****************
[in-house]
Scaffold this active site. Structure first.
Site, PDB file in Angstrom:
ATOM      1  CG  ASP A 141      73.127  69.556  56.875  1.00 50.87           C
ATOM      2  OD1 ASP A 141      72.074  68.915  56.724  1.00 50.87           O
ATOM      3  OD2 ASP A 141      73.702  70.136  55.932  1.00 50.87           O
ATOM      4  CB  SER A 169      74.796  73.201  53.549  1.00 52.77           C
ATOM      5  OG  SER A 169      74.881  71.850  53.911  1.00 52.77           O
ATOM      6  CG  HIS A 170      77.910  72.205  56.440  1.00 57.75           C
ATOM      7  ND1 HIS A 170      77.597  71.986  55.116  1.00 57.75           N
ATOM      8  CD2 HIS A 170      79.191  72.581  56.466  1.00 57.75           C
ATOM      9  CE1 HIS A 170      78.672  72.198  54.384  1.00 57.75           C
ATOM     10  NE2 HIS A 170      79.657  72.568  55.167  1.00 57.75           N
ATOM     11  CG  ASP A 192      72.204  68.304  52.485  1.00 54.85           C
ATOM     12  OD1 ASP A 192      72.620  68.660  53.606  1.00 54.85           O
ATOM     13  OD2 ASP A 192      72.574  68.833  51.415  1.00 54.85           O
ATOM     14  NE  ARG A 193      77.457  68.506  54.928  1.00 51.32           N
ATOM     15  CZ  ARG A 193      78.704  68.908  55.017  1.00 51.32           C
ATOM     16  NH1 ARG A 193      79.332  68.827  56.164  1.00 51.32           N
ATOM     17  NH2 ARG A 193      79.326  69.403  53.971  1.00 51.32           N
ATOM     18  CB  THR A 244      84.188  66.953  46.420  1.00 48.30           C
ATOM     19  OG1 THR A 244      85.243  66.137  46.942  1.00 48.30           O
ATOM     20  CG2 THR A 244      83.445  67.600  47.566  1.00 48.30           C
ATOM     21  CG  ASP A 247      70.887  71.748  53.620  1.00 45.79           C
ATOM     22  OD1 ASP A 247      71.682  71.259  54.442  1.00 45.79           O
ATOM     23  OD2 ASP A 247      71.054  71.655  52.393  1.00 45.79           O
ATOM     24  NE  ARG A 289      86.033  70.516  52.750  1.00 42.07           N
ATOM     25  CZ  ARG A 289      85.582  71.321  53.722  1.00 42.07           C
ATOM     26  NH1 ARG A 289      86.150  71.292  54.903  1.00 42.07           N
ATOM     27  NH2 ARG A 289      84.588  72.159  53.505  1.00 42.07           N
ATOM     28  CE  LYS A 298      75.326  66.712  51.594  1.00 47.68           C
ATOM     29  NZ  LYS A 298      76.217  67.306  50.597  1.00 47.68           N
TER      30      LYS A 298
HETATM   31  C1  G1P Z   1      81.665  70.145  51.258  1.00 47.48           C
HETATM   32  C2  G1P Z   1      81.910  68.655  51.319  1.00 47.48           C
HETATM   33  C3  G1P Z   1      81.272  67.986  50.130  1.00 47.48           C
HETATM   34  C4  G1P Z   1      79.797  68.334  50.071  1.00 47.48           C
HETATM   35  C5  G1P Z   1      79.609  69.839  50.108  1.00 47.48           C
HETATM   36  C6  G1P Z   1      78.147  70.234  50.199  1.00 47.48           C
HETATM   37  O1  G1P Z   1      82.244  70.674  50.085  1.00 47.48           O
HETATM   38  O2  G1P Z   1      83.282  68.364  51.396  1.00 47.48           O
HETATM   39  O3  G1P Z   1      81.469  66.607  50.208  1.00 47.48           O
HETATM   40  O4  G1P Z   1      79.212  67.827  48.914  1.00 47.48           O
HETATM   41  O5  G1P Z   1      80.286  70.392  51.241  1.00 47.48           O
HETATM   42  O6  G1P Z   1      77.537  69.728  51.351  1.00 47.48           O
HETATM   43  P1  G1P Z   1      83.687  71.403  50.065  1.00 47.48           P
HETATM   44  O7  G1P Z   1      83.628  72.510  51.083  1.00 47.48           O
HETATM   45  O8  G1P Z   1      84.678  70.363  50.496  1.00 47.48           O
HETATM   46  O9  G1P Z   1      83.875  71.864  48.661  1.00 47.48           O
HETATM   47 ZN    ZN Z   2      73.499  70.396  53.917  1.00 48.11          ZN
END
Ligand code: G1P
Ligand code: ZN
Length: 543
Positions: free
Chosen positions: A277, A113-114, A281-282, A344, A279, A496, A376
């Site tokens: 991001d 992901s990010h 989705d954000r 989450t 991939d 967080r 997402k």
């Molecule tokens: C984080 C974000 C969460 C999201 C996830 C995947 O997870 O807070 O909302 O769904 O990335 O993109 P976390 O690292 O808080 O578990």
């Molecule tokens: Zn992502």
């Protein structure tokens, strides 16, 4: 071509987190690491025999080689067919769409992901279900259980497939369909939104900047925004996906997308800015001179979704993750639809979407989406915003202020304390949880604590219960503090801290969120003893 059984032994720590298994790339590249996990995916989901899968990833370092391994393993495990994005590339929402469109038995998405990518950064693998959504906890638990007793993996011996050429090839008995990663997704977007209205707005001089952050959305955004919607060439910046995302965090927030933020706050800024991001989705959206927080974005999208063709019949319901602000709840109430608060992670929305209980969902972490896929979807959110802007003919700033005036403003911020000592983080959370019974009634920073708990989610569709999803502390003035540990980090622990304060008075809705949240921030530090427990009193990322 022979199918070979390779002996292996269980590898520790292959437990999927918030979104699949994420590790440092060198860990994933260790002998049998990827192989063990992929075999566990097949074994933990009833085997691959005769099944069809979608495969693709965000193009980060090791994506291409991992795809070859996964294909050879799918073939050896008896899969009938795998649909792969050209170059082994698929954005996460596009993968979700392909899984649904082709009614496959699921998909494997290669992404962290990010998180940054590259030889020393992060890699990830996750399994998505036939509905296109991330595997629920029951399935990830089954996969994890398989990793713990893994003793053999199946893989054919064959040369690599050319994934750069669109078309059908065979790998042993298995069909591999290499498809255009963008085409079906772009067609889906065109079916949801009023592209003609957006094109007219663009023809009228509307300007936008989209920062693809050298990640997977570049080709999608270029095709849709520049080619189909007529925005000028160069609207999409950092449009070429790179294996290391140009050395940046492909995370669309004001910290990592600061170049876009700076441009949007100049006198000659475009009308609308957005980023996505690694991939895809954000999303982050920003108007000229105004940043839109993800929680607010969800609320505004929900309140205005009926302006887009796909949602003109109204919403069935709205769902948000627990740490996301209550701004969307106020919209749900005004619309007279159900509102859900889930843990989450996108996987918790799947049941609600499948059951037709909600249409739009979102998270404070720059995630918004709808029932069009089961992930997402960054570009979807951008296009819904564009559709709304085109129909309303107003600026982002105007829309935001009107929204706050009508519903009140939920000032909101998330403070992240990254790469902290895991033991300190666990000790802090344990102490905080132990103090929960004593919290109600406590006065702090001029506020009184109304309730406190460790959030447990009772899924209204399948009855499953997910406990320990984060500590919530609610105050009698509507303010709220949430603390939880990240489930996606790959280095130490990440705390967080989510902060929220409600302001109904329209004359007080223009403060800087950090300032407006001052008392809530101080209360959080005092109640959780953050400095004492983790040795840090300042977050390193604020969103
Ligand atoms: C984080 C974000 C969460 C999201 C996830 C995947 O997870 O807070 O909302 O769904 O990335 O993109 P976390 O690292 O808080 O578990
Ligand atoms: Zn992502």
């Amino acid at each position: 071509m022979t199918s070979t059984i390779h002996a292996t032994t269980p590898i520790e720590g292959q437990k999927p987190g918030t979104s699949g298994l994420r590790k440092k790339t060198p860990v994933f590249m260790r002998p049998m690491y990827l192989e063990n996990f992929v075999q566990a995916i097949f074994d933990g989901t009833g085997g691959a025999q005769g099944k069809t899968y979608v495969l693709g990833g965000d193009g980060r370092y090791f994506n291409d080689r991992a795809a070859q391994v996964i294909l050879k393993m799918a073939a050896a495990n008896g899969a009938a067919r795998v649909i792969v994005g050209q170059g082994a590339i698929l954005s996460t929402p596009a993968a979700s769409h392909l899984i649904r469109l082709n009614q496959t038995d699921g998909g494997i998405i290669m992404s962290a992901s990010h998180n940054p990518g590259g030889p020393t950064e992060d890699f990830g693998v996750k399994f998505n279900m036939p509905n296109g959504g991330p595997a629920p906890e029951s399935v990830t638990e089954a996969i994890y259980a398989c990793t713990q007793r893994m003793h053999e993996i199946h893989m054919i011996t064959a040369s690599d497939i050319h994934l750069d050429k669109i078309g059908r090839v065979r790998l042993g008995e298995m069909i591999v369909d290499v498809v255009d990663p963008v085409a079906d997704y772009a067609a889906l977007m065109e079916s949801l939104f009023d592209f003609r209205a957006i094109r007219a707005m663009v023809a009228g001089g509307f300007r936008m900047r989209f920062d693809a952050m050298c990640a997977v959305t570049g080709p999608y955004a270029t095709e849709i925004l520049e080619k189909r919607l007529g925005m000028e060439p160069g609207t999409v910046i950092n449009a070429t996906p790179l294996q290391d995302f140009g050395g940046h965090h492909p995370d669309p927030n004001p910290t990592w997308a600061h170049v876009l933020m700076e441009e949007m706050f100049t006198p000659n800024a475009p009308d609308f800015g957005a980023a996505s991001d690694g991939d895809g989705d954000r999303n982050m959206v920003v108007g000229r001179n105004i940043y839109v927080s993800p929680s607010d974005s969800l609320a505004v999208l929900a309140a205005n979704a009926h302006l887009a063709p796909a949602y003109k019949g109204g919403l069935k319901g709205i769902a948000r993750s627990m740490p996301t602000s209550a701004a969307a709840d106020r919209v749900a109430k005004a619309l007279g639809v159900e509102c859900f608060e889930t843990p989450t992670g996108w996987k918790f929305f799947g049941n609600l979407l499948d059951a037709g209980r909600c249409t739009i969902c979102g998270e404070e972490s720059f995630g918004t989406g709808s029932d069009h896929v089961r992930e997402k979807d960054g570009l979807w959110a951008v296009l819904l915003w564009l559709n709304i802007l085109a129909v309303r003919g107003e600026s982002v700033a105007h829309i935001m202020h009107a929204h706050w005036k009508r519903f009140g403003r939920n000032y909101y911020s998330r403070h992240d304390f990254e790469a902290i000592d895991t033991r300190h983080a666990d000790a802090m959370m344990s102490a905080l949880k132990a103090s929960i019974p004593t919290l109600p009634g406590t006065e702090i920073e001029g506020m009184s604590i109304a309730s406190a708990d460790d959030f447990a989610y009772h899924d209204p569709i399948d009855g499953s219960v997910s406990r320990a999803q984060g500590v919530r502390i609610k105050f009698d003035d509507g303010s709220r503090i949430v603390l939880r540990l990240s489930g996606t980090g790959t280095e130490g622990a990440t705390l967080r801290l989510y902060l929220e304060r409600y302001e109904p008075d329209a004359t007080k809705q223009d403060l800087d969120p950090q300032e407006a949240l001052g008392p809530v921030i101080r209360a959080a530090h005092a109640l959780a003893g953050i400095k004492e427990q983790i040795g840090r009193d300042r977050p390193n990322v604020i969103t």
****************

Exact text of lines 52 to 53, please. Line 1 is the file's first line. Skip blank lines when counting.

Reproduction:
Ligand code: G1P
Ligand code: ZN